Unlike excursions to Primm and Laughlin, visiting The Biggest Little City In The World is no day trip. Reno is more than 400 miles away from Vegas, and there’s not a whole lot in between. Even so, it remains an essential destination for many vacationers who don’t want to miss anything when they visit Nevada. Alternatively, we’ve heard of people planning to skip Vegas altogether and substitute in Reno as the focal point for their gambling when planning vacations. After all, one city full of casinos is just as good as another, right?
If the numbers are any indication, the answer is no. With approximately 40 million visitors each year, Las Vegas tourism dwarfs Reno’s four million. Reno’s casinos do roughly $600 million in annual revenue. The Boulder Strip alone tops that number, and Las Vegas proper exceeds $6 billion each year. Outpaced by the revenue brought in by places like Tunica and The Poconos, Reno doesn’t even rank among the top 15 US gaming markets. Reno may be small time by today’s standards, but that wasn’t always the case. In fact, Reno was once the top gambling destination in the country.
Long before Las Vegas earned its “Sin City” moniker, Reno held the title. In 1931, seeking to boost a struggling Great Depression-era economy, Nevada lawmakers legalized both gambling and quick (by ‘30s standards) divorce. At the time, divorce in most states took more than a year and could involve significant time in court. Divorce in Nevada required little more than a six-week stay. Hotels and boardinghouses catered to divorce seekers, and business flourished. Reno made national headlines as celebrities began residing in town in order to take advantage of the liberal separation option. Paulette Goddard divorced Charlie Chaplin. Gloria Vanderbilt left Pat DiCicco. Heavyweight champion Jack Dempsey split from Estelle Taylor. Covering these stories became so important that the New York Daily News hired a full-time Reno correspondent. The celebrity spotlight put Reno in the minds of the working class and cemented its reputation as the nation’s divorce capital.
As divorce seekers from around the country took up home in Reno to wait out their six weeks, newly opened casinos were ready to entertain. The city’s nightclubs and brothels also saw increased business and, with the end of Prohibition near, Reno was becoming an adult playground, all while garnering both national admiration and outrage. Several newspapers launched a campaign aimed at canceling Nevada’s statehood. Reno Mayor E. E. Roberts laughed off the attempts to legislate morality, stating “you cannot legislate morals into people, any more than you can legislate love into the hearts of some professed Christians.” The people of Reno, and visitors from across the nation, agreed.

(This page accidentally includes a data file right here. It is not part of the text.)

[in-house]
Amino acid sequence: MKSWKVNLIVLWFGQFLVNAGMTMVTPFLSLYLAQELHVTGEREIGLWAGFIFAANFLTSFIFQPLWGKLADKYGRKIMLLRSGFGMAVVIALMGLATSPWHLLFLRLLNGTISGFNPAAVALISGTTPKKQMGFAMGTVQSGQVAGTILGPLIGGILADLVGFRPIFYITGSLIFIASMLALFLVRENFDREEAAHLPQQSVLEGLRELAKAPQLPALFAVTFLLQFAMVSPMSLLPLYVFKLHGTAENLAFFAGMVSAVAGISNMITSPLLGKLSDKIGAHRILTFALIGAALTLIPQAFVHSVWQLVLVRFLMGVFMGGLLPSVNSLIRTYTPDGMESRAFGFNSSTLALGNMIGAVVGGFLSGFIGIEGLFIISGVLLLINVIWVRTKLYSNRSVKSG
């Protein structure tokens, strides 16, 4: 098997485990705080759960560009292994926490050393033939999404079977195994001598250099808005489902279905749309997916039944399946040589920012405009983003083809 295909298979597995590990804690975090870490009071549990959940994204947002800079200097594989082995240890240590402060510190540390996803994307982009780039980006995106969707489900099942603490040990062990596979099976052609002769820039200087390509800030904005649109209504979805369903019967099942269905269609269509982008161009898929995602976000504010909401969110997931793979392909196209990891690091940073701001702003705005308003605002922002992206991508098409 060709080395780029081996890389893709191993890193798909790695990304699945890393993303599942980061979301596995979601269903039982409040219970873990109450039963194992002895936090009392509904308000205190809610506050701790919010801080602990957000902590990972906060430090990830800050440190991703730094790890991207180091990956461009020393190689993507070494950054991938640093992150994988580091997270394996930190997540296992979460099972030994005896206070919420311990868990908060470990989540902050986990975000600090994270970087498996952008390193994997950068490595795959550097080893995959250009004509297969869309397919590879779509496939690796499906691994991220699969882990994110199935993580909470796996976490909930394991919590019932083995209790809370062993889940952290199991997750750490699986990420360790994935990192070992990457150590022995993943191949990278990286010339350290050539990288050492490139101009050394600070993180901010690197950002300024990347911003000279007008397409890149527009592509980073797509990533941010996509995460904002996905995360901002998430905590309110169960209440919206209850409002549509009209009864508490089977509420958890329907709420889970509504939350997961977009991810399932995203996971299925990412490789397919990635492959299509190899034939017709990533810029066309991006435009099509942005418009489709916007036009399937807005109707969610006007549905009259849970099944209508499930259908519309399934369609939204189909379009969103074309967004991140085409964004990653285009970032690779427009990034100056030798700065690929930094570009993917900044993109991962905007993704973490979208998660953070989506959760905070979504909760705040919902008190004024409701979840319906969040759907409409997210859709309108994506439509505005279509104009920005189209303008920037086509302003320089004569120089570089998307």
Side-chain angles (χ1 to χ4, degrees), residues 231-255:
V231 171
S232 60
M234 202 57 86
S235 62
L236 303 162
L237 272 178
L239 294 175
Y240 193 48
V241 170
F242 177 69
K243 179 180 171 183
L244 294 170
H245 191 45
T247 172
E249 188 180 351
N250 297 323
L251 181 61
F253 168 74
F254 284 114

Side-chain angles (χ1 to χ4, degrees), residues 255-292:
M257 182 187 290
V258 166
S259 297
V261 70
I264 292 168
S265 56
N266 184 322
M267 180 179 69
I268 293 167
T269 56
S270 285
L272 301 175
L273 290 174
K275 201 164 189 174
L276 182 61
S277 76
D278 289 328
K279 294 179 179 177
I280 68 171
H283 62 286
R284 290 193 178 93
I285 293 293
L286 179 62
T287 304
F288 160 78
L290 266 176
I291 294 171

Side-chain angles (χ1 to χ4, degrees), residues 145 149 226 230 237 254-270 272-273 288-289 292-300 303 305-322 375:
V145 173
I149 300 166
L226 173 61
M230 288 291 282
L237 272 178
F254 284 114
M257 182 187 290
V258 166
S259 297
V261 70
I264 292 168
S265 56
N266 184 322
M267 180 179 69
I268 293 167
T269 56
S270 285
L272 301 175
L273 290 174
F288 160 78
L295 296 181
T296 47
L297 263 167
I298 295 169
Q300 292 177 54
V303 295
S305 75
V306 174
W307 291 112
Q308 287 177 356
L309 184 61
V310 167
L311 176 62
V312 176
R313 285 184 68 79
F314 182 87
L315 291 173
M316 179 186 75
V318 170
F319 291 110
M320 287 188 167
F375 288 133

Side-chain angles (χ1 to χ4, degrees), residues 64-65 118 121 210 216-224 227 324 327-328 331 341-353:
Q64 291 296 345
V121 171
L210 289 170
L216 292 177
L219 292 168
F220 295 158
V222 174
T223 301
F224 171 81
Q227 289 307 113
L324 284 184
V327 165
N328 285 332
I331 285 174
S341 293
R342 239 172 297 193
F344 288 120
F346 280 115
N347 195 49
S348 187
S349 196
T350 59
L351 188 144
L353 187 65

Gambling in Reno took off in the late ‘30s and ‘40s. Places like the Bank Club and Nevada Club introduced table games and slots to the public. Harold’s Club, which operated on property later acquired by Harrah’s, paved the way for the themed casinos that would develop in Las Vegas. The casino’s extensive cowboy theme was anchored by a collection of guns and other western memorabilia that could be accessed at no charge. Its owners loved to tinker with new ideas. It was the first casino to introduce female dealers, pioneered the concept of match play, started the first casino credit office, and even created new games like “mouse roulette.” The game was as simple as it sounds. Instead of a ball, a mouse would decide the winning number by entering a corresponding hole. The game was pulled after gamblers found they could get an edge by startling the mouse with loud noises.
In 1942, Reno received a further influx of visitors as a result of World War II. Stead Air Force Base opened just north of the city and brought with it thousands of men armed with readily available cash. When the war came to an end, many recalled the fun they had while in Reno and returned. They brought with them a desire to play a game they picked up overseas and soon blackjack became the preferred table at which to wager.
The Reno that is known by visitors today got its start in 1946. Bill Harrah, who had previously operated a series of bingo parlors with varying success, opened Harrah’s Club. Harrah’s eschewed the novelties and themes that made places like Harold’s successful. Instead, Harrah’s relied upon the talents of professional entertainers to draw a crowd. The nearby Mapes Hotel, opened in 1947, also took this approach. Reno became a hot spot for entertainment, eventually bringing in stars like Frank Sinatra and Sammy Davis Jr.
Throughout the ‘40s and into the ‘50s, Reno thrived. The city reveled in its booming casino business, steady divorce industry, and expanding entertainment sector. By all accounts, Reno’s growth seemed unstoppable. So, what happened?
In part two of our special report, we discover how a barren patch of road in the southern Nevada desert managed to steal Reno’s thunder and why the Reno of today is the inverse of everything Las Vegas. Read it here.